But Sliabh Luachra is not just polkas and slides. Reels, hornpipes and jigs get a good look in. There is a wonderful book on Johnny O’Leary’s music by Terry Moylan. His repertoire showed a surprisingly even distribution of polkas, slides, jigs, reels and hornpipes, though slides and polkas together made up nearly 50%.   This pie chart shows this.

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Tune types in Johnny O’Leary’s repertoire.  Data from Johnny O’Leary of Sliabh Luachra by Terry Moylan.


In fact the arrival of polkas and slides was probably in the late 19th Century.  Prior to this manuscripts from Sliabh Luachra are devoid of these tunes and dominated by reels, jigs, airs and programme music.

The name Sliabh Luachra. One translation is ‘mountain of rushes’ which would be fairly apt as it is covered by bog and beds of rushes.  Another says the name comes from Ciarraí Luchre,  a pre-celtic god who also gave Kerry its name.   In any case the area was largely uninhabited until the 16th Century and then stayed a remote outpost away from the gaze of the authorities.  It wasn’t until the 19th Century that roads were built and the area became noted for butter production.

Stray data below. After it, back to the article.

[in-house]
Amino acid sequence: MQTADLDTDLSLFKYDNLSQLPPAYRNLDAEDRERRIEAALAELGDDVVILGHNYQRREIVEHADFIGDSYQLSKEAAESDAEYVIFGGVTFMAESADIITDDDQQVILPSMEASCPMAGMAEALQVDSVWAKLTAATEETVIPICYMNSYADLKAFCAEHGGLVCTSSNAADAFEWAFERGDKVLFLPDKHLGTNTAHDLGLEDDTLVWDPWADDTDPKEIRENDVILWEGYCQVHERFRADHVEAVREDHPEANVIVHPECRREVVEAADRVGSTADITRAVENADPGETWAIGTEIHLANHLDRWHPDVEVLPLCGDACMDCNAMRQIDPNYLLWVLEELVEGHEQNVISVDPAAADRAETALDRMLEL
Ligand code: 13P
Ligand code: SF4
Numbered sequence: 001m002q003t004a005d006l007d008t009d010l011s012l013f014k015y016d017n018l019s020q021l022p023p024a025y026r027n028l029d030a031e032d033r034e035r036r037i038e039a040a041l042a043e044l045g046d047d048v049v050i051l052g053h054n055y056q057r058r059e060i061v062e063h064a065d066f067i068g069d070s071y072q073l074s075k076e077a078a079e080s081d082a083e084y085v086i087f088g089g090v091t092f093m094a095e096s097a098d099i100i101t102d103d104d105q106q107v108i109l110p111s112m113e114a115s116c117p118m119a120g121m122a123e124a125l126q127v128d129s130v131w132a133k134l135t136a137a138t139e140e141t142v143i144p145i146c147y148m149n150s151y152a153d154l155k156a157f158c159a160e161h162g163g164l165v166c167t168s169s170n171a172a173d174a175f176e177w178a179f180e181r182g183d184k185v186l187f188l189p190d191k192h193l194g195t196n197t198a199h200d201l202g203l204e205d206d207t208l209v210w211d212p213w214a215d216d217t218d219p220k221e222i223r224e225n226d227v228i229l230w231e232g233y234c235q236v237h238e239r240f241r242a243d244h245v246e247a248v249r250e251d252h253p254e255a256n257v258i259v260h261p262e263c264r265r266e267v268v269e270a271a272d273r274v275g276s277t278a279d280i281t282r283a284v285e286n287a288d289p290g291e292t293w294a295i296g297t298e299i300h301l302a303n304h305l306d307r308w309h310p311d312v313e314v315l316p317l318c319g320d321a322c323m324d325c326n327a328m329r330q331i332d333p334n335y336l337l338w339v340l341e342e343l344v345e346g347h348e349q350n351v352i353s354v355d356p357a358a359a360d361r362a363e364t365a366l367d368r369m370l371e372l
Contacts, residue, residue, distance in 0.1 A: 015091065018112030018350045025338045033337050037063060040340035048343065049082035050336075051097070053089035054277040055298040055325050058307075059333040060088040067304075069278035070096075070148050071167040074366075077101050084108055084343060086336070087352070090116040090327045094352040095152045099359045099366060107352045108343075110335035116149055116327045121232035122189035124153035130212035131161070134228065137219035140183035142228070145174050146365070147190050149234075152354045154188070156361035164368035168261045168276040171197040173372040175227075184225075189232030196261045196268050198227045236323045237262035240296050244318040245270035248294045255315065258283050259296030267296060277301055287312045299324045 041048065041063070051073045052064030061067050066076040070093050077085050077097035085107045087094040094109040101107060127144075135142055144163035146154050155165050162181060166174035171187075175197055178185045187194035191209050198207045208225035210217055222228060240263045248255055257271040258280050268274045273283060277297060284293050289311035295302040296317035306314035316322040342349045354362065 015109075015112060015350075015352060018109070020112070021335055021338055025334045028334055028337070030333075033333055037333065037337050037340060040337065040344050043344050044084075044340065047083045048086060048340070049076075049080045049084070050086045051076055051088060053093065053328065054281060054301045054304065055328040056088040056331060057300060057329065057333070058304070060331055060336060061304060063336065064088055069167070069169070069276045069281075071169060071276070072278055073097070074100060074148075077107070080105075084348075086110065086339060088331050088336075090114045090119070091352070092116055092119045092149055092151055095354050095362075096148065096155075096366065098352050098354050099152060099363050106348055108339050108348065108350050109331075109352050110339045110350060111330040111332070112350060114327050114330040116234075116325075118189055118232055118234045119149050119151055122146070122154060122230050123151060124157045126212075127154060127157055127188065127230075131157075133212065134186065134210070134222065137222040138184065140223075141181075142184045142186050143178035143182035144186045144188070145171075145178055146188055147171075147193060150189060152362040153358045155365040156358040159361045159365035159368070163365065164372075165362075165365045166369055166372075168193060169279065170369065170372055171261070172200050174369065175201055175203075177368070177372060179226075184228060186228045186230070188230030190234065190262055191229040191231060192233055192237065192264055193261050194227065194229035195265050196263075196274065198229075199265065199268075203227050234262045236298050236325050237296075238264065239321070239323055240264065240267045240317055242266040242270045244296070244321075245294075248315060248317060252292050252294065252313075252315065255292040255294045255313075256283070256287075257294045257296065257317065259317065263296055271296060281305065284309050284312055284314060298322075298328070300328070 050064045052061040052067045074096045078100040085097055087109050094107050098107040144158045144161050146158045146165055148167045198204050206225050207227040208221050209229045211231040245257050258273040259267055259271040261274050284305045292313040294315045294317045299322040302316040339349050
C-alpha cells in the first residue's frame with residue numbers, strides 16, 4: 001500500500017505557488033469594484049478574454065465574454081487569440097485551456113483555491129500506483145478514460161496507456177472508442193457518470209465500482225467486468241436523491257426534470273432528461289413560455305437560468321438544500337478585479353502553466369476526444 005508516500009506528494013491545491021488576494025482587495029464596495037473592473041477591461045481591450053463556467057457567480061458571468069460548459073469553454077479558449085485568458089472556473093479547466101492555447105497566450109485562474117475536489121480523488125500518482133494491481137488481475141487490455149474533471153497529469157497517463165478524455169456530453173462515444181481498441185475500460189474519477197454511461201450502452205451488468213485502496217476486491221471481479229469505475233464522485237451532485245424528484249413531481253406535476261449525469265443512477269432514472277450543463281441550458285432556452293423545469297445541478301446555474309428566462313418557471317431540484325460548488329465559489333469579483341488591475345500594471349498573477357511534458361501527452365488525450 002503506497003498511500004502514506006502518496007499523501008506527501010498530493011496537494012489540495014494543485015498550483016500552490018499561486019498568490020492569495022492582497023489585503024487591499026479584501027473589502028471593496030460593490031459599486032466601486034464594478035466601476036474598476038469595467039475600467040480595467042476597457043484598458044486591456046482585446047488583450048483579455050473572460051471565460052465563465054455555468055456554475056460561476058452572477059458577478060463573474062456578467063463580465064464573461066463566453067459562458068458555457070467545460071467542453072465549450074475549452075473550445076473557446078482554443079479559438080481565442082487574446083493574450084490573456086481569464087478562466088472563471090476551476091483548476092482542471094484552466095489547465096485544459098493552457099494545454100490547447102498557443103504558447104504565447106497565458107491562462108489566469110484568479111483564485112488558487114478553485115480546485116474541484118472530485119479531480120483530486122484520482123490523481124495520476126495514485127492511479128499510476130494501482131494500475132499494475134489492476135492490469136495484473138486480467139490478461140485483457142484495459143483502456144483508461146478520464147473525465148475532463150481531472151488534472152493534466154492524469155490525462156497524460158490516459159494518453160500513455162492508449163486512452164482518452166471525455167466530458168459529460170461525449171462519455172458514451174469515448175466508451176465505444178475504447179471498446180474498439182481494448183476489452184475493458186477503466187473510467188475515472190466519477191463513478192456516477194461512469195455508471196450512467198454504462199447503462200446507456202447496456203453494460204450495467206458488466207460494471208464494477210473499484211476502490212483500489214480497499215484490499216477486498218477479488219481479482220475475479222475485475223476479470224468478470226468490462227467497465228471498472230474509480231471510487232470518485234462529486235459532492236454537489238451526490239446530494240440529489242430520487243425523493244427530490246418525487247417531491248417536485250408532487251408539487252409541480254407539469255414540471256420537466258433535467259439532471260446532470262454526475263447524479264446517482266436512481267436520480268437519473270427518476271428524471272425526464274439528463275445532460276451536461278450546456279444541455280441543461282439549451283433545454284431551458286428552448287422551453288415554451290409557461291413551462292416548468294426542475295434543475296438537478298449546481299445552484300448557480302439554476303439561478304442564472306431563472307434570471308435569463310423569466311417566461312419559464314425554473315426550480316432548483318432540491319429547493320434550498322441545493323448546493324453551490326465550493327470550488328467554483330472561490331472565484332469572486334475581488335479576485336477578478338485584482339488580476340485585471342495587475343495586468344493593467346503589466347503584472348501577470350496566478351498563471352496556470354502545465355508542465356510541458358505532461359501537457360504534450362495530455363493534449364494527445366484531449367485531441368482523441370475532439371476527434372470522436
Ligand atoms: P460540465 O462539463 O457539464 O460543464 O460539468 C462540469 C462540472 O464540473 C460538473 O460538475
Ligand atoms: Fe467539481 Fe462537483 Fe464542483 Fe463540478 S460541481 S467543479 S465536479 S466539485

Culturally the area has a unique heritage. Famed for it’s literature and poetry as well as its music.

So Monday night in Newmarket found us in Scully’s pub.



Scully’s Bar Newmarket.


Behind the simple unpretentious façade is the perfect session pub. The music is in the back room as it has been for over forty years. Large enough to accommodate twenty musicians comfortably. This night there were a dozen.

The pub has been in the Scully family for over nearly 100 years. Sessions started at the behest of Jackie Daly, who lived five minutes away in Kanturk, in the early 70s and have been held every Monday since.

It became THE gathering place with Jackie Daly joined by Johnny Leary, Julia Clifford, Jimmy Crowley and many others. With many of the attendees being taught by Padraig O’Keeffe there was a direct link to the master. It is kept alive today by stalwarts like Timmy O’Connor, who unfortunately wasn’t there this time, and Ray O’Sullivan and John Walsh, who led the session this time.